Proceedings of the 12th International Workshop on Semantic Evaluation

Emoji is one of the “fastest growing language ” in pop-culture, especially in social media and it is very unlikely for its usage to decrease. These are generally used to bring an extra level of meaning to the texts, posted on social media platforms. Providing such an added info, gives more insights to the plain text, arising to hidden interpretation within the text. This paper explains our analysis on Task 2, ” Multilingual Emoji Prediction” sharedtask conducted by Semeval-2018. In the task, a predicted emoji based on a piece of Twitter text are labelled under 20 different classes (most commonly used emojis) where these classes are learnt and further predicted are made for unseen Twitter text. In this work, we have experimented and analysed emojis predicted based on Twitter text, as a classification problem where the entailing emoji is considered as a label for every individual text data. We have implemented this using distributed representation of text through fastText. Also, we have made an effort to demonstrate how fastText framework can be useful in case of emoji prediction. This task is divide into two subtask, they are based on dataset presented in two different languages English and Spanish.

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AmritaNLP at SemEval-2018 Task 10: Capturing discriminative attributes using convolution neural network over global vector representation.
Vivek Vinayan | Anand Kumar M | Soman K P
Proceedings of the 12th International Workshop on Semantic Evaluation

The “Capturing Discriminative Attributes” sharedtask is the tenth task, conjoint with SemEval2018. The task is to predict if a word can capture distinguishing attributes of one word from another. We use GloVe word embedding, pre-trained on openly sourced corpus for this task. A base representation is initially established over varied dimensions. These representations are evaluated based on validation scores over two models, first on an SVM based classifier and second on a one dimension CNN model. The scores are used to further develop the representation with vector combinations, by considering various distance measures. These measures correspond to offset vectors which are concatenated as features, mainly to improve upon the F1score, with the best accuracy. The features are then further tuned on the validation scores, to achieve highest F1score. Our evaluation narrowed down to two representations, classified on CNN models, having a total dimension length of 1204 & 1203 for the final submissions. Of the two, the latter feature representation delivered our best F1score of 0.658024 (as per result).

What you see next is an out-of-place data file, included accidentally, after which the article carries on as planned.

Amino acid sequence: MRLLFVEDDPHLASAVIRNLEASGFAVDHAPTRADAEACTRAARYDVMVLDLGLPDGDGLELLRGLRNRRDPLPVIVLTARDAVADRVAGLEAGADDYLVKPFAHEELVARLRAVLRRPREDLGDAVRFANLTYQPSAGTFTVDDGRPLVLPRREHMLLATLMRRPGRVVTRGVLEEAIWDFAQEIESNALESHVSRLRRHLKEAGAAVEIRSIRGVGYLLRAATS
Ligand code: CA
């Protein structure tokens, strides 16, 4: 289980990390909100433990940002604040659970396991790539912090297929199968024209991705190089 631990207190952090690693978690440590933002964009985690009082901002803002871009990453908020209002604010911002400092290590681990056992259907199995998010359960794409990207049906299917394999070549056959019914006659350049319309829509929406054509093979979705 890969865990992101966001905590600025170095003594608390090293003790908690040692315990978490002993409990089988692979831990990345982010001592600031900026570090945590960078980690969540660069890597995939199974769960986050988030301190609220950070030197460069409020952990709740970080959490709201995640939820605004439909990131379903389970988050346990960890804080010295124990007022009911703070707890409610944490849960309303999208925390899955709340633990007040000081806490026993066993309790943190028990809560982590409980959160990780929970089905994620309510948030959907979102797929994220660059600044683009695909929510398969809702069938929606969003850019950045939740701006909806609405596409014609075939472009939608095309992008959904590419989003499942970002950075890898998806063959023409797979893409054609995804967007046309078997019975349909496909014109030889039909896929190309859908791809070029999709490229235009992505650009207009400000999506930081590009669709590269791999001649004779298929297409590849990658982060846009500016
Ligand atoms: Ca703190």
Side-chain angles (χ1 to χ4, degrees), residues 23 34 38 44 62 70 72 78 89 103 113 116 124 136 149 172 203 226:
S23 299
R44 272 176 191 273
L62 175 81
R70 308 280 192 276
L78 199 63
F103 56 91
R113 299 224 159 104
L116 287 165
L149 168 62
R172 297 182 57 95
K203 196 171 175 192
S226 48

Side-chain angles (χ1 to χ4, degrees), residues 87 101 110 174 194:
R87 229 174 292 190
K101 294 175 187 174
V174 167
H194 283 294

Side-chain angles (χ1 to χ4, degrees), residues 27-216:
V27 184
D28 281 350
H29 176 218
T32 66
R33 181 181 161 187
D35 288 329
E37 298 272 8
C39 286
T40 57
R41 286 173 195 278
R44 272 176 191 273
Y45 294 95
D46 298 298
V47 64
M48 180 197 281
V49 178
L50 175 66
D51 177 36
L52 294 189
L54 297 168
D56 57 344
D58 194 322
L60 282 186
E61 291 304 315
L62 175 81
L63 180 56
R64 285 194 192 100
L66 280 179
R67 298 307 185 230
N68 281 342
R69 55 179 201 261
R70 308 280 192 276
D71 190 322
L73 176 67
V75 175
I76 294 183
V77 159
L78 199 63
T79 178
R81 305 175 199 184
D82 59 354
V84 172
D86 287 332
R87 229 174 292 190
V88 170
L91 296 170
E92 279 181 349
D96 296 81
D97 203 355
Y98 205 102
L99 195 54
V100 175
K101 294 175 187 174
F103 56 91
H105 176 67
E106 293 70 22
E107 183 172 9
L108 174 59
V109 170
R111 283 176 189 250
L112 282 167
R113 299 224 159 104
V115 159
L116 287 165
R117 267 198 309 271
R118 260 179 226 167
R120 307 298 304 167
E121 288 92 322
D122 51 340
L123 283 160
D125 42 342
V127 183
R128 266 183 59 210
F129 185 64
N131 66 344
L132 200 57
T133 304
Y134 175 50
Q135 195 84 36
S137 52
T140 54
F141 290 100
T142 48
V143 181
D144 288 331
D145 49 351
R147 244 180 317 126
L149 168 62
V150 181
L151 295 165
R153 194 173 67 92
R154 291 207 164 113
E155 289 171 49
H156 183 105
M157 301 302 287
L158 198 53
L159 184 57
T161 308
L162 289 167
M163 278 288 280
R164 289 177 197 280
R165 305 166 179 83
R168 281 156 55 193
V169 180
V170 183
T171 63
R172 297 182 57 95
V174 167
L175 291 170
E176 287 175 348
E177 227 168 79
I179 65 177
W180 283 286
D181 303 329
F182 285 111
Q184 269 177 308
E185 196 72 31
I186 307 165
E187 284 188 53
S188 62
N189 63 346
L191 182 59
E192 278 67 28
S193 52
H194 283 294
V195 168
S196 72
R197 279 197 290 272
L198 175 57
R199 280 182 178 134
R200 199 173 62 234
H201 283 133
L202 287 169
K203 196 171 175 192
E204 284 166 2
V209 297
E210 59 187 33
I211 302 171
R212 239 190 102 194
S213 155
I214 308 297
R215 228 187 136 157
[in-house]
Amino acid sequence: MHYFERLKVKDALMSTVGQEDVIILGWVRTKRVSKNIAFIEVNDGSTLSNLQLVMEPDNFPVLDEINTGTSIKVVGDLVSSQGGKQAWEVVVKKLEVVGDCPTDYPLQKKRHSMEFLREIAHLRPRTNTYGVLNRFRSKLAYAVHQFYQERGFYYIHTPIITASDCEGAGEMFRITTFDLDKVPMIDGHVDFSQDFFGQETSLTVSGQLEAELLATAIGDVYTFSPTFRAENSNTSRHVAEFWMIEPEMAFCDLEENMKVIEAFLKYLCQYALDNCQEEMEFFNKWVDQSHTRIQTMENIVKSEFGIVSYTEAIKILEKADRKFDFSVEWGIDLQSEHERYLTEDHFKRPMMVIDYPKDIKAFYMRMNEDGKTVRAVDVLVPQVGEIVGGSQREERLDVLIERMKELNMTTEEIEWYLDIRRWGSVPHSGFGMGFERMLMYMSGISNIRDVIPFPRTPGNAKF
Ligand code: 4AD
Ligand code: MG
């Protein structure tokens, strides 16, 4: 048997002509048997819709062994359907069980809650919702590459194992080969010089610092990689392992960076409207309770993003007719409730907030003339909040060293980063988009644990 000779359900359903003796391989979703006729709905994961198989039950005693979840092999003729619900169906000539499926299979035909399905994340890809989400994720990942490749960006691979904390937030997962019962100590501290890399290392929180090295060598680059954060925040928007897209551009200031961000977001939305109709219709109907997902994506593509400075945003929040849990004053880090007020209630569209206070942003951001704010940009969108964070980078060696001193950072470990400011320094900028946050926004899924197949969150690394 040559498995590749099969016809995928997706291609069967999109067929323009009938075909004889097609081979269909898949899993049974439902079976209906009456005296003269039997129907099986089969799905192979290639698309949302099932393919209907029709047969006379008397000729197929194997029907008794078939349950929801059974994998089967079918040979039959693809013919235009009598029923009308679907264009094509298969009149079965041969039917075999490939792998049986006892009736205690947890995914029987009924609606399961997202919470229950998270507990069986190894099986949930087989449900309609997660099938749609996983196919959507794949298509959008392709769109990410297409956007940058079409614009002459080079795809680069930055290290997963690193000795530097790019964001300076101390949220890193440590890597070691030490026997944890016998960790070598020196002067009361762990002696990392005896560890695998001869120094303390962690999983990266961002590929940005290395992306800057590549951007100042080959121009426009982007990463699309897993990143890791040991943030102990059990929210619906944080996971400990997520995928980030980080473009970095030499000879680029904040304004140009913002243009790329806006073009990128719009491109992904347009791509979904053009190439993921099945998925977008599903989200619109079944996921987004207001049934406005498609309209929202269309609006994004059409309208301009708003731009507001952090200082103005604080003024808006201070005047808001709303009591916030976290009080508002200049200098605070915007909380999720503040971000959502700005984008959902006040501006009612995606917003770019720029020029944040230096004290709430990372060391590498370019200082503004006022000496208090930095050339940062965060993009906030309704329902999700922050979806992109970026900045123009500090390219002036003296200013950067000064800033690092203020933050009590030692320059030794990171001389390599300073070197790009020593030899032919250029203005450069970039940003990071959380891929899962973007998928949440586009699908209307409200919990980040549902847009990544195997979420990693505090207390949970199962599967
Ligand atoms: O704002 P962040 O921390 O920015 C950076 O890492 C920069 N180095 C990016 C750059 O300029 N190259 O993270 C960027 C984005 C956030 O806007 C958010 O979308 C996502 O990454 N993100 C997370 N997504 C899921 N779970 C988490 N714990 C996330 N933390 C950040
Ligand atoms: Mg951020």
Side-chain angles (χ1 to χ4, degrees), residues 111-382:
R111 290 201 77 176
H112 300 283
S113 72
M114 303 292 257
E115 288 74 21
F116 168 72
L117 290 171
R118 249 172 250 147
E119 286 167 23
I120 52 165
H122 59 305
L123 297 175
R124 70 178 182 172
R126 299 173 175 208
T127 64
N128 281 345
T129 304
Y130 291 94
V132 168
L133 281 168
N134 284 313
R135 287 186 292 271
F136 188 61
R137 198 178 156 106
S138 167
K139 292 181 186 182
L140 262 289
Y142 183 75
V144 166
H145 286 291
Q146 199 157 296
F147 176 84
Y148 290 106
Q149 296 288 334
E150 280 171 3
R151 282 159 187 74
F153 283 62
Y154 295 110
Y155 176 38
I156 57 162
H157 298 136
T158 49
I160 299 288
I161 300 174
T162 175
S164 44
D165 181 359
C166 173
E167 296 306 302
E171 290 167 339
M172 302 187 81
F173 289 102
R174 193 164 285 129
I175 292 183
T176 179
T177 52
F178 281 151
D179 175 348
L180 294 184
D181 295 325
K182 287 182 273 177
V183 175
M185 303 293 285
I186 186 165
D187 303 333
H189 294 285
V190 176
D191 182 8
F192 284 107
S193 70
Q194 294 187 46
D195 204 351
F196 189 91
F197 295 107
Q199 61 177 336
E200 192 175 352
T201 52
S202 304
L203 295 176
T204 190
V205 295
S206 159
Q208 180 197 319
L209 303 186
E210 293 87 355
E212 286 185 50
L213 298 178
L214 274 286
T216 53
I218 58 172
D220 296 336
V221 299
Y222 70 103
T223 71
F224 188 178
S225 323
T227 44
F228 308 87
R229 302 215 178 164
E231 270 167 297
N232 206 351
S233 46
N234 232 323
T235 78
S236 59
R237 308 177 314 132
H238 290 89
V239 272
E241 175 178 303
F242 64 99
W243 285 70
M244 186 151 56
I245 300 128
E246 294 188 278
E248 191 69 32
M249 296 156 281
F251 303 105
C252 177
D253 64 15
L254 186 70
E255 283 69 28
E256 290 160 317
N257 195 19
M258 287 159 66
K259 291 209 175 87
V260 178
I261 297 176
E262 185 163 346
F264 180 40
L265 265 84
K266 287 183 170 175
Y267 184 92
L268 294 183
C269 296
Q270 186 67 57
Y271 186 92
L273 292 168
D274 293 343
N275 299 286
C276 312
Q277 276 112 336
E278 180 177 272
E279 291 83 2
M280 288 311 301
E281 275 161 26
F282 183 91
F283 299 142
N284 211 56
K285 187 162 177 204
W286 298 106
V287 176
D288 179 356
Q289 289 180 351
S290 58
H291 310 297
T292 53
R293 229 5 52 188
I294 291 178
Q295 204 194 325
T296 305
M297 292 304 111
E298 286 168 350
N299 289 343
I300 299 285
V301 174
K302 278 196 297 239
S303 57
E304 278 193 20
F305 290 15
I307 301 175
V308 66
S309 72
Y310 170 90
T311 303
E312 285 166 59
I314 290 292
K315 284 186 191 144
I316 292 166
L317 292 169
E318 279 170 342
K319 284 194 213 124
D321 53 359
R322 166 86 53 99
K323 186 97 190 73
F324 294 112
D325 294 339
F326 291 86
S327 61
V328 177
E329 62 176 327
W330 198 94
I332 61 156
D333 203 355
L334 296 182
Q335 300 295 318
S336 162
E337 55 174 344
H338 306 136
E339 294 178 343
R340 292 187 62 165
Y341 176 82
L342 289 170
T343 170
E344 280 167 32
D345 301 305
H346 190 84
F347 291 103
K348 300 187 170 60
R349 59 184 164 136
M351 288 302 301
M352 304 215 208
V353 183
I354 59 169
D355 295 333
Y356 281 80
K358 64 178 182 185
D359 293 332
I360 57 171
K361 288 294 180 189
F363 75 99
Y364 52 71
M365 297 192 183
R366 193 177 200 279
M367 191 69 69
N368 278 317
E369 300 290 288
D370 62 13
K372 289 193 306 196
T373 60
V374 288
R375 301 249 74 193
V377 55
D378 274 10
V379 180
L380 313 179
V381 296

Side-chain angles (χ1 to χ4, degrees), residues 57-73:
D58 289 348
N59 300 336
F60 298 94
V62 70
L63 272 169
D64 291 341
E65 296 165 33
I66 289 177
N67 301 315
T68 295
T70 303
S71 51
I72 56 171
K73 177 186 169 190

2016

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Amrita_CEN at SemEval-2016 Task 1: Semantic Relation from Word Embeddings in Higher Dimension
Barathi Ganesh HB | Anand Kumar M | Soman KP
Proceedings of the 10th International Workshop on Semantic Evaluation (SemEval-2016)

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AmritaCEN at SemEval-2016 Task 11: Complex Word Identification using Word Embedding
Sanjay S.P | Anand Kumar M | Soman K P
Proceedings of the 10th International Workshop on Semantic Evaluation (SemEval-2016)

2015

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AMRITA_CEN@SemEval-2015: Paraphrase Detection for Twitter using Unsupervised Feature Learning with Recursive Autoencoders
Mahalakshmi Shanumuga Sundaram | Anand Kumar Madasamy | Soman Kotti Padannayil
Proceedings of the 9th International Workshop on Semantic Evaluation (SemEval 2015)